Application server 920 provides web services 936 to client applications 912 through network 918. A web server application processing unit 932 (such as WebSphere®, a product of International Business Machines Corporation) oversees the execution of multiple web services 936 a, 936 b-936 n that reside on application server 920. Network 918 passes each request message to and receives each response message from application processing unit 932 through a message gateway 926 such as, for example, a proxy, firewall, or other message intermediary. Message gateway 926 receives request messages from network 918 and passes response messages to the network. Message gateway 926 performs lexical analysis of request messages to create input objects including parameters for invocation of one or more of web services 936. Message gateway 926 sends input objects to web service application processing unit 932, which calls the appropriate web services that correspond to the method invocation of the input objects, executes the appropriate logic, and returns the result as output objects that include the return values of the invoked web service(s), to the message gateway. Message gateway 926 converts output objects into response messages, and transmits the response messages through network 918 to the invoking client applications.

Application processing unit 932 may also be supported by a database management system 934, which may be any conventional data repository for storing, managing, and retrieving data. In exemplary embodiments, database 934 may be a relational or object-relational database management system, such as DB2, a product of International Business Machines Corporation. In exemplary embodiments, database 934 may be internal to application server 920 (as shown in FIG. 9) or, alternatively, reside externally on a separate machine. In exemplary embodiments, application server 920 may use a single database 934 to serve multiple web services 936 (as shown in FIG. 9) or, alternatively, use a separate database for each separate web service.

The capabilities of the present invention can be implemented in software, firmware, hardware or some combination thereof.

As one example, one or more aspects of the present invention can be included in an article of manufacture (e.g., one or more computer program products) having, for instance, computer usable media. The media has embodied therein, for instance, computer readable program code means for providing and facilitating the capabilities of the present invention. The article of manufacture can be included as a part of a computer system or sold separately.

Additionally, at least one program storage device readable by a machine, tangibly embodying at least one program of instructions executable by the machine to perform the capabilities of the present invention can be provided.

The flow diagrams depicted herein are just examples. There may be many variations to these diagrams or the steps (or operations) described therein without departing from the spirit of the invention. For instance, the steps may be performed in a differing order, or steps may be added, deleted or modified. All of these variations are considered a part of the claimed invention.

While the preferred embodiments to the invention has been described, it will be understood that those skilled in the art, both now and in the future, may make various improvements and enhancements which fall within the scope of the claims which follow. These claims should be construed to maintain the proper protection for the invention first described.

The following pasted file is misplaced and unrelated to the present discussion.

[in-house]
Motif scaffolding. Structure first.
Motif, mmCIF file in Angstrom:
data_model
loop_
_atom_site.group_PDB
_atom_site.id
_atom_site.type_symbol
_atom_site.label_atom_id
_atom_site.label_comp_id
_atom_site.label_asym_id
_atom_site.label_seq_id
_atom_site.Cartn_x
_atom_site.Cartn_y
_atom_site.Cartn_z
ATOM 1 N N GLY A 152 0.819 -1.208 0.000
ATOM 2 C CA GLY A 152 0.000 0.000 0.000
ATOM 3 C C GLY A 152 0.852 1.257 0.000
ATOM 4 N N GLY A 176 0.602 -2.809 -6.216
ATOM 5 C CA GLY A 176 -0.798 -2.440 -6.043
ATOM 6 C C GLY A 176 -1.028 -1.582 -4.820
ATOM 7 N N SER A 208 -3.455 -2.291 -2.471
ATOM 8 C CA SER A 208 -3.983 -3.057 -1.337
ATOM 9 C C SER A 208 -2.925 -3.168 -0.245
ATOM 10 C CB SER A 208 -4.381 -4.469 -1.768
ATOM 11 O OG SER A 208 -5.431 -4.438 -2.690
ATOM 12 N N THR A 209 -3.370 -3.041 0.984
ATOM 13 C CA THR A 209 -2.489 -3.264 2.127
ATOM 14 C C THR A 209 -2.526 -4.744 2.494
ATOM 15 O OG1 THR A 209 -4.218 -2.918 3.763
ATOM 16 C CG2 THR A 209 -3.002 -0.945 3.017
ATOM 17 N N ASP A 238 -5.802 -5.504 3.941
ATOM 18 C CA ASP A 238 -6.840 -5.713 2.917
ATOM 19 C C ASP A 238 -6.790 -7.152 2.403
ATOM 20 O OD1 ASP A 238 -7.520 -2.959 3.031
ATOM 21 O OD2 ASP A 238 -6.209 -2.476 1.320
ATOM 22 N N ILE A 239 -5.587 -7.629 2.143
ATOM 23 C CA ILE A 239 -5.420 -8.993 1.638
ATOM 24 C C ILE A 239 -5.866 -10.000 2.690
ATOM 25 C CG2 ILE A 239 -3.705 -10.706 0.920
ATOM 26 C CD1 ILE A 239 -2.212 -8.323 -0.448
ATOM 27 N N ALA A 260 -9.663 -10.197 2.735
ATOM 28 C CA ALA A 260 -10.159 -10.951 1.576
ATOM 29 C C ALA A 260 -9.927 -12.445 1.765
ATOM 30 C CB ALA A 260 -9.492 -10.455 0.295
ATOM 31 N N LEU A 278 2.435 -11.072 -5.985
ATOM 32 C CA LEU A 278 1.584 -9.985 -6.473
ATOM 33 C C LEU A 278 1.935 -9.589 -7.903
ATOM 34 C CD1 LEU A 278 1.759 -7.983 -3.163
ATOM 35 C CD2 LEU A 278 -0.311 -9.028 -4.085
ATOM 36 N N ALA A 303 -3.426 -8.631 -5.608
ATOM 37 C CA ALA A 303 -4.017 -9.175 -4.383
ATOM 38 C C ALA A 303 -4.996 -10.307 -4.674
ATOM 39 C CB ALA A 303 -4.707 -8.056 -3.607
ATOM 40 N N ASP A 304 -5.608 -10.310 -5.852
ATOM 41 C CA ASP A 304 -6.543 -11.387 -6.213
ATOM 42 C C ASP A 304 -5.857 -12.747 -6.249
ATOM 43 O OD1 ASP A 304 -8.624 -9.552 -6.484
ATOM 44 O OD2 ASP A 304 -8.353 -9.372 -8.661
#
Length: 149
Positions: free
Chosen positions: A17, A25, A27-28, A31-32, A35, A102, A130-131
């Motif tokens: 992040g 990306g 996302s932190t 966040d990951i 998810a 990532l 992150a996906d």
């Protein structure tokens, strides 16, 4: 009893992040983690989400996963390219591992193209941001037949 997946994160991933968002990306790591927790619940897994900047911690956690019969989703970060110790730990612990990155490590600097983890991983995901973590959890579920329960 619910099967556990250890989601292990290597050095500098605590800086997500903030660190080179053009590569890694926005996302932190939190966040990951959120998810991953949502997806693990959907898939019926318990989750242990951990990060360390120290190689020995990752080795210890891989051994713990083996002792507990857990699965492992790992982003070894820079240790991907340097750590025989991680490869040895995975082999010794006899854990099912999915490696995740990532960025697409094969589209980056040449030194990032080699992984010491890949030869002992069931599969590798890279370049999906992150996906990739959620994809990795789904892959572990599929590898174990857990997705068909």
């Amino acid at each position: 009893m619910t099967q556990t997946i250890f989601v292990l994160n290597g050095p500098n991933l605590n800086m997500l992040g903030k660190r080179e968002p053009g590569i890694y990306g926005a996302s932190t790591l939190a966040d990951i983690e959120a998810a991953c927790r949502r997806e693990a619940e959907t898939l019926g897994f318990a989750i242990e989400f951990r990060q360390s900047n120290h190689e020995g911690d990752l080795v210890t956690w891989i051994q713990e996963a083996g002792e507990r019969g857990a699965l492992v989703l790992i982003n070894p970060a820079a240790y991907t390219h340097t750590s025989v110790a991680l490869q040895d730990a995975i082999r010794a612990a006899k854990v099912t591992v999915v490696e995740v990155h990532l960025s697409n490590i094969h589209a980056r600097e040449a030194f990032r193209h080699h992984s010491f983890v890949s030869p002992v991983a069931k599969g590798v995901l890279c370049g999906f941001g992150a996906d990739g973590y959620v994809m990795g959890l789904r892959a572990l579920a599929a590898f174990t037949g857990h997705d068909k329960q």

Patent Citations
Cited PatentFiling datePublication dateApplicantTitle
US7668821 *Nov 17, 2005Feb 23, 2010Amazon Technologies, Inc.Recommendations based on item tagging activities of users
US7818344 *May 22, 2006Oct 19, 2010Bea Systems, Inc.System and method for providing nested types for content management
US7840549 *Aug 27, 2007Nov 23, 2010International Business Machines CorporationUpdating retrievability aids of information sets with search terms and folksonomy tags
US20060036679 *Aug 5, 2005Feb 16, 2006International Business Machines CorporationPub/sub message invoking a subscribers client application program
US20060123337 *Nov 30, 2005Jun 8, 2006Masabumi KoinumaWeb page authoring apparatus, method, and program
US20060259462 *May 12, 2005Nov 16, 2006Sybase, Inc.System and Methodology for Real-time Content Aggregation and Syndication
US20070016575 *Dec 14, 2005Jan 18, 2007Microsoft CorporationConsolidating local and remote taxonomies
US20070083894 *Oct 7, 2005Apr 12, 2007Gonsalves Carl LIndirect subscriptions to top N lists of content feeds
US20070100844 *Oct 28, 2005May 3, 2007International Business Machines CorporationSystem and method for dynamically updating web pages using messaging-oriented middleware
US20070208751 *Nov 22, 2006Sep 6, 2007David CowanPersonalized content control
US20080010249 *Jul 7, 2006Jan 10, 2008Bryce Allen CurtisRelevant term extraction and classification for Wiki content
US20080263103 *Mar 3, 2008Oct 23, 2008Mcgregor LucasDigital asset management system (DAMS)
Referenced by
Citing PatentFiling datePublication dateApplicantTitle
US8214506 *Jun 25, 2010Jul 3, 2012Canon Kabushiki KaishaProviding content to client device
US20110320610 *Jun 25, 2010Dec 29, 2011Canon Kabushiki KaishaProviding content to client device
Classifications
U.S. Classification707/805
International ClassificationG06F17/30
Cooperative ClassificationG06F17/30893
European ClassificationG06F17/30W7L
Legal Events
DateCodeEventDescription
Jul 31, 2008ASAssignment
Owner name: INTERNATIONAL BUSINESS MACHINES CORPORATION,NEW YO
Free format text: ASSIGNMENT OF ASSIGNORS INTEREST;ASSIGNORS:BOYER, JOHN E.;KELLEY, EDWARD E.;LANE, EOIN;SIGNED BETWEEN 20080725 AND 20080728;US-ASSIGNMENT DATABASE UPDATED:20100204;REEL/FRAME:21324/315
Free format text: ASSIGNMENT OF ASSIGNORS INTEREST;ASSIGNORS:BOYER, JOHN E.;KELLEY, EDWARD E.;LANE, EOIN;SIGNING DATES FROM 20080725 TO 20080728;REEL/FRAME:021324/0315
Owner name: INTERNATIONAL BUSINESS MACHINES CORPORATION, NEW Y